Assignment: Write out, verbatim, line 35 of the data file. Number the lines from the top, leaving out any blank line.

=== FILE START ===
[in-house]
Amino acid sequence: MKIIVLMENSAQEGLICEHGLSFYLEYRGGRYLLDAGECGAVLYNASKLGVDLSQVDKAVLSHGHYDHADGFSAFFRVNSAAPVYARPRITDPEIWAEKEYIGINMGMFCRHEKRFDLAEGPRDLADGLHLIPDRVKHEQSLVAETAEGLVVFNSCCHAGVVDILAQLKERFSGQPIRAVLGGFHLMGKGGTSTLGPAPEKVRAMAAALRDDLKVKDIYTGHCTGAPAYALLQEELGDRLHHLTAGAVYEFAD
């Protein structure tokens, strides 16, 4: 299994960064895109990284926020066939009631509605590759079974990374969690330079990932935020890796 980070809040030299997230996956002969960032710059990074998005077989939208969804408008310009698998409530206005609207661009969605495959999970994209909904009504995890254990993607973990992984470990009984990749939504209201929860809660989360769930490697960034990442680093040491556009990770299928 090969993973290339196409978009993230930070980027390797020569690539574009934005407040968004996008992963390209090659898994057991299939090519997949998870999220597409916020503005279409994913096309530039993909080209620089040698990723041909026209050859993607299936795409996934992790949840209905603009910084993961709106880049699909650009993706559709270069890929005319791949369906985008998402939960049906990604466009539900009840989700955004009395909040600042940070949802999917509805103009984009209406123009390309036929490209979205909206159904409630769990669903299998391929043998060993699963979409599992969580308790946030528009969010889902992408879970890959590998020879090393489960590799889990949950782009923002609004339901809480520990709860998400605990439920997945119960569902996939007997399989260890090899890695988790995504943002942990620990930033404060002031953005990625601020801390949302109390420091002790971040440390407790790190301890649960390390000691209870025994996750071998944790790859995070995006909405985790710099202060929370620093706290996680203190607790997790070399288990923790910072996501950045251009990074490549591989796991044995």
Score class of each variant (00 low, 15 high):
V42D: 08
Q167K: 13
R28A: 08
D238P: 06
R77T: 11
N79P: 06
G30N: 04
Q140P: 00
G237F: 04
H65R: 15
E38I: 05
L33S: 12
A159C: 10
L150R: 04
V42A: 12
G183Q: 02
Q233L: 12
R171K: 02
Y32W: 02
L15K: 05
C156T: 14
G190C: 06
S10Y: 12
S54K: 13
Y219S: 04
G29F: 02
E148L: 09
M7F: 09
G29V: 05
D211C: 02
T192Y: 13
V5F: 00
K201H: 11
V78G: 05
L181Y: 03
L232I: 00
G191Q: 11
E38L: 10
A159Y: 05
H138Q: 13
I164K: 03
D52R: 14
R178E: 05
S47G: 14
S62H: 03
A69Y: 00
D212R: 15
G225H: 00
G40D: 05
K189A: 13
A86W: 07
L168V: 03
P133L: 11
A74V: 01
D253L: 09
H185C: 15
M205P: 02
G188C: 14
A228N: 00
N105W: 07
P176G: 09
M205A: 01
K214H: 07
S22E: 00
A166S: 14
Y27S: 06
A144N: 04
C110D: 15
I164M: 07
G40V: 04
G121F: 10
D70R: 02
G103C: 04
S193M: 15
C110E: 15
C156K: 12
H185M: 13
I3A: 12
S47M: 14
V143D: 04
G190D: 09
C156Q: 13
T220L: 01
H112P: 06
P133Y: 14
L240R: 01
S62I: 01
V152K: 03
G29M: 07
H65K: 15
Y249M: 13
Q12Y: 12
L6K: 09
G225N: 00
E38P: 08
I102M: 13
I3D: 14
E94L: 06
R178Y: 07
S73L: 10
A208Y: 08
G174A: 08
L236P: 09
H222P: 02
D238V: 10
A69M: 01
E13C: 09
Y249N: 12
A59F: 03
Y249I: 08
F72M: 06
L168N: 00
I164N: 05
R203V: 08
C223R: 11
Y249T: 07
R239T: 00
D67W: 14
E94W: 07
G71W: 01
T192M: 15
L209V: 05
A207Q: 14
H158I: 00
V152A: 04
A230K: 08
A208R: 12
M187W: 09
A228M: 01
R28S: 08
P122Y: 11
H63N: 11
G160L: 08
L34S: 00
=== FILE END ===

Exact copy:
T192Y: 13